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Experts: Market players key to carbon pricing
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Experts: Market players key to carbon pricing

The key to carbon pricing is sending a clear signal to market players, while market players need to play a key role in the actual formulation of carbon prices, experts said.

While speaking on Monday via video at a subsession during the ongoing COP 26 summit in Glasgow, Scotland, the United Kingdom, Zhu Xian, vice-president and general secretary of the International Finance Forum (IFF), noted that while governments of all countries have been putting great efforts into carbon pricing, actions should also be taken by market players, particularly from the private sector.

"Their role in the formulation of carbon pricing is equally important. And this is particularly the case for developing countries, like China," he said.

Zhu urged that a proper benchmark for carbon pricing is particularly important, because "without a benchmark, the market cannot really get a signal to do the right things."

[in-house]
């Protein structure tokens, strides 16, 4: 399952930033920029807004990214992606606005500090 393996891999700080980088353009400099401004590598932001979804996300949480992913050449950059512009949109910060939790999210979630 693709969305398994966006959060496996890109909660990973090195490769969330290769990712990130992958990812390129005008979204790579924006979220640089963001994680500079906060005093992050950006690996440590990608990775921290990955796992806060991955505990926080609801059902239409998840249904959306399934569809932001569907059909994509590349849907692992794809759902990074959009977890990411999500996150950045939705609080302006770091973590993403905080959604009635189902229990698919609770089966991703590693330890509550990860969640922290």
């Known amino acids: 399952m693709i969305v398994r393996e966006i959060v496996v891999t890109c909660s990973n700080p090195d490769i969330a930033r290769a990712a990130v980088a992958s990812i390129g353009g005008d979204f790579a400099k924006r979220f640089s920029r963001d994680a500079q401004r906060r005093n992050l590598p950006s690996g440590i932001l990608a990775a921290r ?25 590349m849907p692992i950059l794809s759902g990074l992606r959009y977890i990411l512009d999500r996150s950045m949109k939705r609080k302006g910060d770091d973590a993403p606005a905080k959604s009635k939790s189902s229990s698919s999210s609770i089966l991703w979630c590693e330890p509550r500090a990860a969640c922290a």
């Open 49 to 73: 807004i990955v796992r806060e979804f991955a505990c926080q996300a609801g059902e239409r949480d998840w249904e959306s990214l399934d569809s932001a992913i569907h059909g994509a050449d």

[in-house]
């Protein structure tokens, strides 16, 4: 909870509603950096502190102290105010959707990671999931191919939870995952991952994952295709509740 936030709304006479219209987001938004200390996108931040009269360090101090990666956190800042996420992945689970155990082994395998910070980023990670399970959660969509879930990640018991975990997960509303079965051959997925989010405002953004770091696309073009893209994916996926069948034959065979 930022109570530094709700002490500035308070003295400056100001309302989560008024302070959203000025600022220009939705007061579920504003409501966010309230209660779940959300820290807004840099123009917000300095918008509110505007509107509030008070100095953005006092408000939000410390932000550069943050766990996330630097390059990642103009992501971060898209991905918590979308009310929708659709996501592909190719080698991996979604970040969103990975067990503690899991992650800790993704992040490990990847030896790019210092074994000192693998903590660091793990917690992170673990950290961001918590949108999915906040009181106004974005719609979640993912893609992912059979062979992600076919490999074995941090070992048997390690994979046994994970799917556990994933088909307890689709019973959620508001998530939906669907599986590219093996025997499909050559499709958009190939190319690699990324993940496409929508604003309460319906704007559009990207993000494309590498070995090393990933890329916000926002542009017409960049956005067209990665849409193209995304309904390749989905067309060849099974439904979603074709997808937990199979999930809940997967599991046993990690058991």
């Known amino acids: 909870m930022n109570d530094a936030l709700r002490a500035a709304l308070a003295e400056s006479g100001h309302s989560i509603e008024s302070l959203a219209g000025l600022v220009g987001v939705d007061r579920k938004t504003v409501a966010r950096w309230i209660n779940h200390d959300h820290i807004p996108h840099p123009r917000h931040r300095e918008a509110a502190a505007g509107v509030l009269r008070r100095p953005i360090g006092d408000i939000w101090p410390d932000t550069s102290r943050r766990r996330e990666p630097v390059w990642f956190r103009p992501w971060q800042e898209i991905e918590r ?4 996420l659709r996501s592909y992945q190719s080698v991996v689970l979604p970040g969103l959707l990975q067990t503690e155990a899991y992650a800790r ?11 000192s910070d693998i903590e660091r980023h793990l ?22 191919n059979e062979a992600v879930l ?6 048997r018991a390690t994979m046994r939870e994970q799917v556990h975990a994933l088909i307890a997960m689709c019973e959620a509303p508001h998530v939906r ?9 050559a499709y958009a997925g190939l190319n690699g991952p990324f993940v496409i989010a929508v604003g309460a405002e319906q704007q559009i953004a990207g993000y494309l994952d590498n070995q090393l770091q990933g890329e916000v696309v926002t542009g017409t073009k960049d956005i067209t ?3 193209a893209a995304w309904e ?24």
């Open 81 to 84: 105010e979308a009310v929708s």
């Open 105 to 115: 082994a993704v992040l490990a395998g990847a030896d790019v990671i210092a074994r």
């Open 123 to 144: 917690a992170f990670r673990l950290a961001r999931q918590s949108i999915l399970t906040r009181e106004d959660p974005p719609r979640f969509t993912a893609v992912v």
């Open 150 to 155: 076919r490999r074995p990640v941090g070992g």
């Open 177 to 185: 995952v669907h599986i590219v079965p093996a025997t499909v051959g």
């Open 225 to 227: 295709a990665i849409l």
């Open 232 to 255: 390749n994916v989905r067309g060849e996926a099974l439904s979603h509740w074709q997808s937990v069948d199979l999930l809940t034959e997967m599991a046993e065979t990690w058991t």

In developing countries, since the scope of the market is relatively small, he believes it is more important for them to get prepared in infrastructure building, such as information disclosure. He believes developed economies like the European Union have gained rich experience in this respect and can share this with countries like China.

"This will save time for China and other emerging market countries to do the right things, and then eventually make the process much smoother," he said.

He also believes that as China's current carbon market is still relatively small and still restricted to energy companies, it can be expanded to other sectors -- including important ones such as steel, cement and the shipping industry -- so that the role of carbon pricing can be more widely leveraged.

Tom Howes, head of the Energy and Environment Division at the International Energy Agency (IEA), also believes that carbon pricing will be a flexible tool to help deliver a signal for change.

"It will be an effective tool for getting markets to change their behavior. And as it is flexible, the market will be able to plan investment horizons well in advance," he said.

He urged governments of all countries to take swift action so that market players will get clearer signals.

"Governments need to move from the pledges to the road maps, strategies and policies they're going to use. Carbon pricing can easily be a part of their own domestic measures," he said. "All countries will need to introduce measures. All countries can benefit from the introduction of carbon pricing. We need to start taking action in the short term to make sure we do start to implement it and see changes in a very short period of time." Yi

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